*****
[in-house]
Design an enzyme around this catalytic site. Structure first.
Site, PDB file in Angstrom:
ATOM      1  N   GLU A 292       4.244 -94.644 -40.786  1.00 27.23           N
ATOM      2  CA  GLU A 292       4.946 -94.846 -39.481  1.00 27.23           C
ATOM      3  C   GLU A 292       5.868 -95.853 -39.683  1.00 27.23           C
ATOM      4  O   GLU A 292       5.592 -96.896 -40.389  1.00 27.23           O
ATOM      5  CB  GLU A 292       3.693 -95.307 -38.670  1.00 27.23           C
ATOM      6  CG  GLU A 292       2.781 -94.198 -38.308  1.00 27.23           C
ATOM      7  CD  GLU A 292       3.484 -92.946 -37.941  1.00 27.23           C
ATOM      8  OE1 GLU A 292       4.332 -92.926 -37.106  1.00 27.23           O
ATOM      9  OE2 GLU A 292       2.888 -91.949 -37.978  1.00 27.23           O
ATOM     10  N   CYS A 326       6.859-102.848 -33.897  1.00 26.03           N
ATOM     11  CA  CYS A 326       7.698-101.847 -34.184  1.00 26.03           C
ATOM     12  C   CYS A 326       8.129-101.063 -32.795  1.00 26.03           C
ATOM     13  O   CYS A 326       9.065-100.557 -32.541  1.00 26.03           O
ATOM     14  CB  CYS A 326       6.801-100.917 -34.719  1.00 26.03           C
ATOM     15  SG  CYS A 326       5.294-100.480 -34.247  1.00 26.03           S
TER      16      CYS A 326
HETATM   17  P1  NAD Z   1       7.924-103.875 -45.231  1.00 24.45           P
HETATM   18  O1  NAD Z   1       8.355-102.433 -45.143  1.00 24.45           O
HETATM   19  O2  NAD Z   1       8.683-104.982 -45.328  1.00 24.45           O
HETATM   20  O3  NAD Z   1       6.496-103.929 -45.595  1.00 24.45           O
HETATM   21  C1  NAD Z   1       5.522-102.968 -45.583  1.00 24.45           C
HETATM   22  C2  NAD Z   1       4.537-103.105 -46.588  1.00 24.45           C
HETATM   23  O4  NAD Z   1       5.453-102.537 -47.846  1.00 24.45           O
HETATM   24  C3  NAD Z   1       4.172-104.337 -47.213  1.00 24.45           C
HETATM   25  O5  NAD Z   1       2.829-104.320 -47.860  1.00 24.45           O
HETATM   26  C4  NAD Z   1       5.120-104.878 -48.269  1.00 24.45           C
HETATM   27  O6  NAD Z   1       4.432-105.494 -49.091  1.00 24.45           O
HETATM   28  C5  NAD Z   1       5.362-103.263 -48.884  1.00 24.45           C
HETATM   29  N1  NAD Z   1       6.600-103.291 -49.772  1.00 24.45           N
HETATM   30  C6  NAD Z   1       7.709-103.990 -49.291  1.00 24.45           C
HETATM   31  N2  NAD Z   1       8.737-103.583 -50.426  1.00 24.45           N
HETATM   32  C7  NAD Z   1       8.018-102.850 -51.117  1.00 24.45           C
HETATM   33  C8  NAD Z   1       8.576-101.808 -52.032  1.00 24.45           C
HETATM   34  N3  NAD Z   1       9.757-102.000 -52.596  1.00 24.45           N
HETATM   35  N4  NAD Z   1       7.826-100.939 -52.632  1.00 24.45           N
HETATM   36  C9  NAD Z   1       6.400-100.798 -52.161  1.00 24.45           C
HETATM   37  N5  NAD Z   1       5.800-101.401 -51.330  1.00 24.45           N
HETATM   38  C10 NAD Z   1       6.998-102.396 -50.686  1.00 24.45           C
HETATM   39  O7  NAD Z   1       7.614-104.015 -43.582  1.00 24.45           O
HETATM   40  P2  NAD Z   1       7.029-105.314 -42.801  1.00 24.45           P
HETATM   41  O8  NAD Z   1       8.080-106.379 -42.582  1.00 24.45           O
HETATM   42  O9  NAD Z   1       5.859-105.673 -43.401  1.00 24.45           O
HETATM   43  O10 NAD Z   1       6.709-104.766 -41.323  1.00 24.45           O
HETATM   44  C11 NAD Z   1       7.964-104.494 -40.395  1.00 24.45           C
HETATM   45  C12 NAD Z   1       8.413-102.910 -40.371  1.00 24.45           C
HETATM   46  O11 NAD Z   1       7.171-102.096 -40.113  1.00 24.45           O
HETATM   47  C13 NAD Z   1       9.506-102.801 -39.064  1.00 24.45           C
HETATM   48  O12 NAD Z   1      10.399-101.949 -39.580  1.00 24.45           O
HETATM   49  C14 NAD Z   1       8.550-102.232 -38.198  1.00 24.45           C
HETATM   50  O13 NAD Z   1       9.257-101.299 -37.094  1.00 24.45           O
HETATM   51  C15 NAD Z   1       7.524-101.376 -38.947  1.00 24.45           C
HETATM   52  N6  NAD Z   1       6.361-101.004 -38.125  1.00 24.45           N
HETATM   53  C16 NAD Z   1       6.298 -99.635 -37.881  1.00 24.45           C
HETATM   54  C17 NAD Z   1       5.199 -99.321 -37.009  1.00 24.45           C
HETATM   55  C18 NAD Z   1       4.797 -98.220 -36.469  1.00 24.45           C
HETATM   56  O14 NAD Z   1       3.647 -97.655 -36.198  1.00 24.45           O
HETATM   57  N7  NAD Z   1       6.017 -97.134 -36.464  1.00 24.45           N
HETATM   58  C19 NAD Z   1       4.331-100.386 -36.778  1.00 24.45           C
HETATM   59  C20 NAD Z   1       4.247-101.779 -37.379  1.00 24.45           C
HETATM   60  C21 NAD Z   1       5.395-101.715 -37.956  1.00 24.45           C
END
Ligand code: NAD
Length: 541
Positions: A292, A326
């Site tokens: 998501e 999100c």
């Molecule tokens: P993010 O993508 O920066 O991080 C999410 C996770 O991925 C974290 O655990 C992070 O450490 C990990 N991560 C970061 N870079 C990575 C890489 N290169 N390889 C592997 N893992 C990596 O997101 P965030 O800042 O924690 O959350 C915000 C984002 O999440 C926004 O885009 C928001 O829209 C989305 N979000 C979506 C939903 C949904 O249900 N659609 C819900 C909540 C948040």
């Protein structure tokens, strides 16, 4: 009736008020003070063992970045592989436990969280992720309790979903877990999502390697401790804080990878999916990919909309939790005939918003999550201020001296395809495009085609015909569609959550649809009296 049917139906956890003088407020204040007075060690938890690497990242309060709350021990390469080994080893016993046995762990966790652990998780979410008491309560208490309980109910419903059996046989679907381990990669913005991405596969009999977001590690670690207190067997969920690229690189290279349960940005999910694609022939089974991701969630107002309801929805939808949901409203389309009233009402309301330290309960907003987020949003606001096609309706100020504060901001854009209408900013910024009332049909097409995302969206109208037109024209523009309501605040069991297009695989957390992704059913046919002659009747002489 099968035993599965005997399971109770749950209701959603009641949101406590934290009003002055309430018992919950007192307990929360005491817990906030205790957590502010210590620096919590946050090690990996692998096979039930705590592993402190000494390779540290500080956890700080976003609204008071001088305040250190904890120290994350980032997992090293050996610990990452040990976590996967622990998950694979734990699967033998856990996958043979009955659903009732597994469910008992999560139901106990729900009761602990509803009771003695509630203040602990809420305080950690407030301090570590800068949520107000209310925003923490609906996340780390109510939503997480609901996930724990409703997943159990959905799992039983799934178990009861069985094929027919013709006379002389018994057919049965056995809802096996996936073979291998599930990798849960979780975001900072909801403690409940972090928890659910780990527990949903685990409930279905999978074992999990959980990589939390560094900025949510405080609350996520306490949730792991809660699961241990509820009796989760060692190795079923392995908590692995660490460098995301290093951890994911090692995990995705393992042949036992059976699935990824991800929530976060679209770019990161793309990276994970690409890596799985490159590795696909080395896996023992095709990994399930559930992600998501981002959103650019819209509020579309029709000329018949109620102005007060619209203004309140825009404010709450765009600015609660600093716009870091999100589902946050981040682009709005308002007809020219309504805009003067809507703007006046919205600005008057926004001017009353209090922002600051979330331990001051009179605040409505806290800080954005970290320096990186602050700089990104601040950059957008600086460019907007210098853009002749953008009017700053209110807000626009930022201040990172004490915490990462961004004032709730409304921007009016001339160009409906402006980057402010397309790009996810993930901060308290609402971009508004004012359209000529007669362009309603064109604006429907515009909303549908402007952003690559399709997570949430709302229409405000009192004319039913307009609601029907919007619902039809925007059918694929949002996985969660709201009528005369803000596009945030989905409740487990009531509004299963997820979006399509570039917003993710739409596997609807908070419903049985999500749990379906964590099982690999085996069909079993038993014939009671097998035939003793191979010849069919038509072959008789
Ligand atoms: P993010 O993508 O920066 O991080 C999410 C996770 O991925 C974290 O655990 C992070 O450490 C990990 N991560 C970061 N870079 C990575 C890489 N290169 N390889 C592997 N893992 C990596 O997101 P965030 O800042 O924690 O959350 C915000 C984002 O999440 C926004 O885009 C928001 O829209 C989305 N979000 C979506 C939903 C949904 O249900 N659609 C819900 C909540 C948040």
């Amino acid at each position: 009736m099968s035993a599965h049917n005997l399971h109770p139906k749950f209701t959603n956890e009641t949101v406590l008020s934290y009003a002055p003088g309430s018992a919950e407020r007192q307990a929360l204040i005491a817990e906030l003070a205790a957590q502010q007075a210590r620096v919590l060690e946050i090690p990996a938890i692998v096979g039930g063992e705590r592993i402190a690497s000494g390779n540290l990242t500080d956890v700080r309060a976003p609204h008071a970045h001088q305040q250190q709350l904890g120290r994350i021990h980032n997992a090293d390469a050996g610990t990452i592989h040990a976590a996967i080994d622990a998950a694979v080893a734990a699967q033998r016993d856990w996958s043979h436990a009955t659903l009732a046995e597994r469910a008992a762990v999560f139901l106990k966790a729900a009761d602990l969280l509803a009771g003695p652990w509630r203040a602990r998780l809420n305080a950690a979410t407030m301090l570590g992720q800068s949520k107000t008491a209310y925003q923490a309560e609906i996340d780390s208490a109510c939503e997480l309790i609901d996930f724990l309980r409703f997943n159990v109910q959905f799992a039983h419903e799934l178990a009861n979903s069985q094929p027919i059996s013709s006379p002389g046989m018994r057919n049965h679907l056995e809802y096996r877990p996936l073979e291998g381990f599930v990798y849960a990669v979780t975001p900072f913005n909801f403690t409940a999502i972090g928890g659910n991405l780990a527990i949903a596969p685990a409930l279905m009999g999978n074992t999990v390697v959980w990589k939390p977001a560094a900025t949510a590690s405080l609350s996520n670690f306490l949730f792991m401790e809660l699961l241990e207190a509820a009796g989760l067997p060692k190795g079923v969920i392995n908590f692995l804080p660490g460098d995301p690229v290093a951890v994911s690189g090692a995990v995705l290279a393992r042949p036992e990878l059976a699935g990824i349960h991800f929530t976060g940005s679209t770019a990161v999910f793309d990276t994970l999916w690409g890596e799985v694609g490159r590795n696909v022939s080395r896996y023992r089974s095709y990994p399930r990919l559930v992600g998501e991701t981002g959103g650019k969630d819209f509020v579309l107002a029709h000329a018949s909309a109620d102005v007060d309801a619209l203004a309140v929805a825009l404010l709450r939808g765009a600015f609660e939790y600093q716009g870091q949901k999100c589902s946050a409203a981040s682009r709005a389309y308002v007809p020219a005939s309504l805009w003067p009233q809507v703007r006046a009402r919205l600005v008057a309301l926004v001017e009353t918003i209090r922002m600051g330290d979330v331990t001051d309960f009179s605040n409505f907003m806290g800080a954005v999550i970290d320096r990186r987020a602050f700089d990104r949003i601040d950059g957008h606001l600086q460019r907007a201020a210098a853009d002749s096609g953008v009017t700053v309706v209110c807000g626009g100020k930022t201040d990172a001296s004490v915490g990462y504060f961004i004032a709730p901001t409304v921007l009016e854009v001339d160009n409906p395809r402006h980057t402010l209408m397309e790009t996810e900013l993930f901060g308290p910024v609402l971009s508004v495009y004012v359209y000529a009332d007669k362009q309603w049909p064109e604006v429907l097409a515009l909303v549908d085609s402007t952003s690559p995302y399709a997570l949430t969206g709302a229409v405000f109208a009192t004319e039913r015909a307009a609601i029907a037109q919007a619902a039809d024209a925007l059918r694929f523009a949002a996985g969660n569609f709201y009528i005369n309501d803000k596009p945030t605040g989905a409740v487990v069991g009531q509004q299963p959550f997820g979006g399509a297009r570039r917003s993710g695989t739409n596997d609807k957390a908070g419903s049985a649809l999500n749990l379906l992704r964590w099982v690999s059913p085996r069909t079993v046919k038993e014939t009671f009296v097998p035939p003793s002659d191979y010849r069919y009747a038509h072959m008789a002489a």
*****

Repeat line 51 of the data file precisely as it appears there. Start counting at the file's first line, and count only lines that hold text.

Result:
HETATM   48  O12 NAD Z   1      10.399-101.949 -39.580  1.00 24.45           O